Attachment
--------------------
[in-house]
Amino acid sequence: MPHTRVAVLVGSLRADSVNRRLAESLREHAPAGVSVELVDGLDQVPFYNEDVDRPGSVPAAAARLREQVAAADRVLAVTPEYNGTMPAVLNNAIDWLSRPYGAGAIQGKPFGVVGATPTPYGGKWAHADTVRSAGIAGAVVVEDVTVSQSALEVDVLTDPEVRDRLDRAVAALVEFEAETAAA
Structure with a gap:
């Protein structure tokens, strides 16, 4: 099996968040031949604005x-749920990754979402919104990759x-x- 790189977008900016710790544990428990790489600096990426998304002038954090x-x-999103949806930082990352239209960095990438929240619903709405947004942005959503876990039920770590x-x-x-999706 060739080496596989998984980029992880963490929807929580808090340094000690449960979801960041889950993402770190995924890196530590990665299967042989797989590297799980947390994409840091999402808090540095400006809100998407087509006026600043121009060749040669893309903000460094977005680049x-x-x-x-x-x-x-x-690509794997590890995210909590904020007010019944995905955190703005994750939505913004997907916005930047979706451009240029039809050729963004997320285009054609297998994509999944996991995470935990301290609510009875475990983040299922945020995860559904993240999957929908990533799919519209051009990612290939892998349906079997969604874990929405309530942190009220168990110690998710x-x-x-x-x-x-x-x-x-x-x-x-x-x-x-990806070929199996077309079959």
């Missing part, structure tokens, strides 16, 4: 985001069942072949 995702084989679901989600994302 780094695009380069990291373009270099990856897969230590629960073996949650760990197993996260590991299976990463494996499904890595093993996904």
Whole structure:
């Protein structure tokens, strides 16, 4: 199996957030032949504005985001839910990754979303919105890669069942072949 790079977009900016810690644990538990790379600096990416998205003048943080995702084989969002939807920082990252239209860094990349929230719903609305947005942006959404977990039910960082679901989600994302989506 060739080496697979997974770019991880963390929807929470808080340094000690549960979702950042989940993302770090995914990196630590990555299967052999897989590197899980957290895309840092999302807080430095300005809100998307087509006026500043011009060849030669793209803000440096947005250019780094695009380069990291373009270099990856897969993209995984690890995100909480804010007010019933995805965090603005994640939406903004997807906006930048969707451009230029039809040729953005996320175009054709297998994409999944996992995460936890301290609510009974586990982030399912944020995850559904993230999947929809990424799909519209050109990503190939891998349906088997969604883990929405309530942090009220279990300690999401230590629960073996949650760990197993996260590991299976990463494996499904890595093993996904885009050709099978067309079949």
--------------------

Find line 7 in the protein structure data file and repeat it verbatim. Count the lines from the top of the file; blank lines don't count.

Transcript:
């Protein structure tokens, strides 16, 4: 199996957030032949504005985001839910990754979303919105890669069942072949 790079977009900016810690644990538990790379600096990416998205003048943080995702084989969002939807920082990252239209860094990349929230719903609305947005942006959404977990039910960082679901989600994302989506 060739080496697979997974770019991880963390929807929470808080340094000690549960979702950042989940993302770090995914990196630590990555299967052999897989590197899980957290895309840092999302807080430095300005809100998307087509006026500043011009060849030669793209803000440096947005250019780094695009380069990291373009270099990856897969993209995984690890995100909480804010007010019933995805965090603005994640939406903004997807906006930048969707451009230029039809040729953005996320175009054709297998994409999944996992995460936890301290609510009974586990982030399912944020995850559904993230999947929809990424799909519209050109990503190939891998349906088997969604883990929405309530942090009220279990300690999401230590629960073996949650760990197993996260590991299976990463494996499904890595093993996904885009050709099978067309079949």